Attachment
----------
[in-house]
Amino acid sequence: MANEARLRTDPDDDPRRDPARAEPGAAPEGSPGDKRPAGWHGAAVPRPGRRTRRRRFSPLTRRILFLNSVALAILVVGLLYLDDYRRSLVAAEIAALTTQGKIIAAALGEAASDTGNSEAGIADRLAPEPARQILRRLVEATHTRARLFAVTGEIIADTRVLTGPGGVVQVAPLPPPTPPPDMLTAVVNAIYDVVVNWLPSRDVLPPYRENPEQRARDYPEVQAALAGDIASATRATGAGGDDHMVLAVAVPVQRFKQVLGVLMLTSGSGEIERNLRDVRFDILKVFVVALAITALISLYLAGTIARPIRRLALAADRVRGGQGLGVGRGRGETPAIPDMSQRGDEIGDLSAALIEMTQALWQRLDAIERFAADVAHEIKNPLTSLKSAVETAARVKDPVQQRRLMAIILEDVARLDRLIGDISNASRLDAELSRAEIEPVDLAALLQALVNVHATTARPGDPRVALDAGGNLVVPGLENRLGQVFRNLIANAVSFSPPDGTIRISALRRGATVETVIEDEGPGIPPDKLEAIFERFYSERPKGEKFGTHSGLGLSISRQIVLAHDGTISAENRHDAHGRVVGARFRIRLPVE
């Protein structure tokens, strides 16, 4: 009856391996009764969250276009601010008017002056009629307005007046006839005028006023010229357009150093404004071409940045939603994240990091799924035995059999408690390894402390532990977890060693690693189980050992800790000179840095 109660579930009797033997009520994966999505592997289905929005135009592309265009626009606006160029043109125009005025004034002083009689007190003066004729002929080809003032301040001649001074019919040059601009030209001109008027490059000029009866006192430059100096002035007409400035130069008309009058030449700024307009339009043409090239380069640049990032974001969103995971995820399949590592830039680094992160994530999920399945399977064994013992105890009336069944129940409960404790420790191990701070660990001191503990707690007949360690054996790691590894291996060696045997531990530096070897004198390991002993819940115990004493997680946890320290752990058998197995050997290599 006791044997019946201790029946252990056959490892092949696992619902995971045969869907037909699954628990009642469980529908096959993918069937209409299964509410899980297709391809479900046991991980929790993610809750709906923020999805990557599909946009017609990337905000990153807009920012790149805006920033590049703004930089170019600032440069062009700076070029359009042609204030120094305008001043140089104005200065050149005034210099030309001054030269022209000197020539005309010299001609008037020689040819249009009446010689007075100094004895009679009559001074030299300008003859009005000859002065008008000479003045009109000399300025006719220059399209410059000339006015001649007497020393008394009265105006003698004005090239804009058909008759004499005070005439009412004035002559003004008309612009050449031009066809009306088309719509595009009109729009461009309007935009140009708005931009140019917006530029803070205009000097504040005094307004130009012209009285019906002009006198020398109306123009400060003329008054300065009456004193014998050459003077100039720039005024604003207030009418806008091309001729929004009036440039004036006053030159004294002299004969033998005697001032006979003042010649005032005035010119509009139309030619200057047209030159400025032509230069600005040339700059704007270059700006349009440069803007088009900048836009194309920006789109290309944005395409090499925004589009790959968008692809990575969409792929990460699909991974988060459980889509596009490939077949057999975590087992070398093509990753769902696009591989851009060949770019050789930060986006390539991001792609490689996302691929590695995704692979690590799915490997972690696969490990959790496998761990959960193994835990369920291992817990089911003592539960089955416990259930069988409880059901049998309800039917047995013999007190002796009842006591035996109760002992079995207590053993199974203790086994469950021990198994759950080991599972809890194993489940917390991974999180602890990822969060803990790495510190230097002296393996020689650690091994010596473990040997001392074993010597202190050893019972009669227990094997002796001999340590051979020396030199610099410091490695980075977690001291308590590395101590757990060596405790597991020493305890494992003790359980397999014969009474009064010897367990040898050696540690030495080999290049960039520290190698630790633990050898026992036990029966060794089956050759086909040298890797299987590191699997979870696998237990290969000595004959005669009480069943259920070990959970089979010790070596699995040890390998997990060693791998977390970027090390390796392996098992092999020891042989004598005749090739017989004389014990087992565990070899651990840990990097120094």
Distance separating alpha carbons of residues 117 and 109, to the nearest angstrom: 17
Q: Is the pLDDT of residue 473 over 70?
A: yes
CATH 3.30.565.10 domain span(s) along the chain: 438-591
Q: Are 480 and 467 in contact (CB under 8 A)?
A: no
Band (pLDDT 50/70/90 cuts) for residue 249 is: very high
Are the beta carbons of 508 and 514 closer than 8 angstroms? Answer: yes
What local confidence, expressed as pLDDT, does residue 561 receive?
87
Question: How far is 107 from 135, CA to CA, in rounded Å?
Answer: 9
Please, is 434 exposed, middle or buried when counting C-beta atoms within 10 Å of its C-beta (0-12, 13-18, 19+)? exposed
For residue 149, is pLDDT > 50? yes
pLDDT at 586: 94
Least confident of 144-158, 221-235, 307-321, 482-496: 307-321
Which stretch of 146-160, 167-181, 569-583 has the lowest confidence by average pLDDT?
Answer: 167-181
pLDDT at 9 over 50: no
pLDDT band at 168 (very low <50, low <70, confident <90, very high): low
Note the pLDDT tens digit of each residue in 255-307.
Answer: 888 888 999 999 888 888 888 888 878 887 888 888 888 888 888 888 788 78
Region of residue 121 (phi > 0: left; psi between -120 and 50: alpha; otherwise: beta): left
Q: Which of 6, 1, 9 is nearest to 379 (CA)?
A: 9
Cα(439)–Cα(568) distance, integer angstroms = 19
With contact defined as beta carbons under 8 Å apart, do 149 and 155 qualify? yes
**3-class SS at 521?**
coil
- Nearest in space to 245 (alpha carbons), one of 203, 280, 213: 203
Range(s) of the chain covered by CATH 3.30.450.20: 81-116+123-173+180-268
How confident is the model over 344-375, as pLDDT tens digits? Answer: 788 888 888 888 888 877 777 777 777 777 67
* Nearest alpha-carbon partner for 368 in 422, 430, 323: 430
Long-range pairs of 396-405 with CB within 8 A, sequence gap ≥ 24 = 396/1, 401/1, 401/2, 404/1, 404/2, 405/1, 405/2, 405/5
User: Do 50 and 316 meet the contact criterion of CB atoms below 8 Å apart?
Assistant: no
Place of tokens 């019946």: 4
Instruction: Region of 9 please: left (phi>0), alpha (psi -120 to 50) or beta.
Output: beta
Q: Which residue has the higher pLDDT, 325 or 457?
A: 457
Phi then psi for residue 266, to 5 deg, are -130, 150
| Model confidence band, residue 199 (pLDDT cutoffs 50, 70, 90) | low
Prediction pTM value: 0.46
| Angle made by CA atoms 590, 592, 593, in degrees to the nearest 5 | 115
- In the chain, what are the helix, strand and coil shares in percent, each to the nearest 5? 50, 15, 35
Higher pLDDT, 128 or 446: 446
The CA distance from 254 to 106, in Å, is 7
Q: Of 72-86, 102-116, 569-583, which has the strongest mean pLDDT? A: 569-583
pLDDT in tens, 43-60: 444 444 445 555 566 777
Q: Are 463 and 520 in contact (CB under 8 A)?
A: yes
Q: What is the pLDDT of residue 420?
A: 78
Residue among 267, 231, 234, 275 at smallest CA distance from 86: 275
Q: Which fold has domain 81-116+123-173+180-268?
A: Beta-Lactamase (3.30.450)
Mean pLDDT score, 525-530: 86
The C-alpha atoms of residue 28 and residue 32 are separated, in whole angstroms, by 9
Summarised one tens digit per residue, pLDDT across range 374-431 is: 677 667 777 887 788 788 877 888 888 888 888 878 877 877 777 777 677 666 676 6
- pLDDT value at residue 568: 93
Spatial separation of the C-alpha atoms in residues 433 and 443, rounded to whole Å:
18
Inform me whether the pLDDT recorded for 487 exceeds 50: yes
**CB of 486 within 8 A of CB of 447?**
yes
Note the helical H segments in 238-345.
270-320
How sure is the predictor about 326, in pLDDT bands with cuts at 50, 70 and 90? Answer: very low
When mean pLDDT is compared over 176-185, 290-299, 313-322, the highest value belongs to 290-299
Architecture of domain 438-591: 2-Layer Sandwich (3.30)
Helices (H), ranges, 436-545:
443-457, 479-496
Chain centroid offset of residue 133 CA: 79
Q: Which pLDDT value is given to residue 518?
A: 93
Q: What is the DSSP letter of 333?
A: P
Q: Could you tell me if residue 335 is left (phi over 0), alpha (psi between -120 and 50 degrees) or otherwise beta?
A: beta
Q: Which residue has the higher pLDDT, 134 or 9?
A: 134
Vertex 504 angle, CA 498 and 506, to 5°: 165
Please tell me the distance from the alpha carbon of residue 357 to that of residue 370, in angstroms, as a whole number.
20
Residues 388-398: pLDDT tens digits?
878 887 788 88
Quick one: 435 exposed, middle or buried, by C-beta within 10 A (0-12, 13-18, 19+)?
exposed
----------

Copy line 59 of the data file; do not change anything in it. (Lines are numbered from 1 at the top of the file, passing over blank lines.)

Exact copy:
Q: Which fold has domain 81-116+123-173+180-268?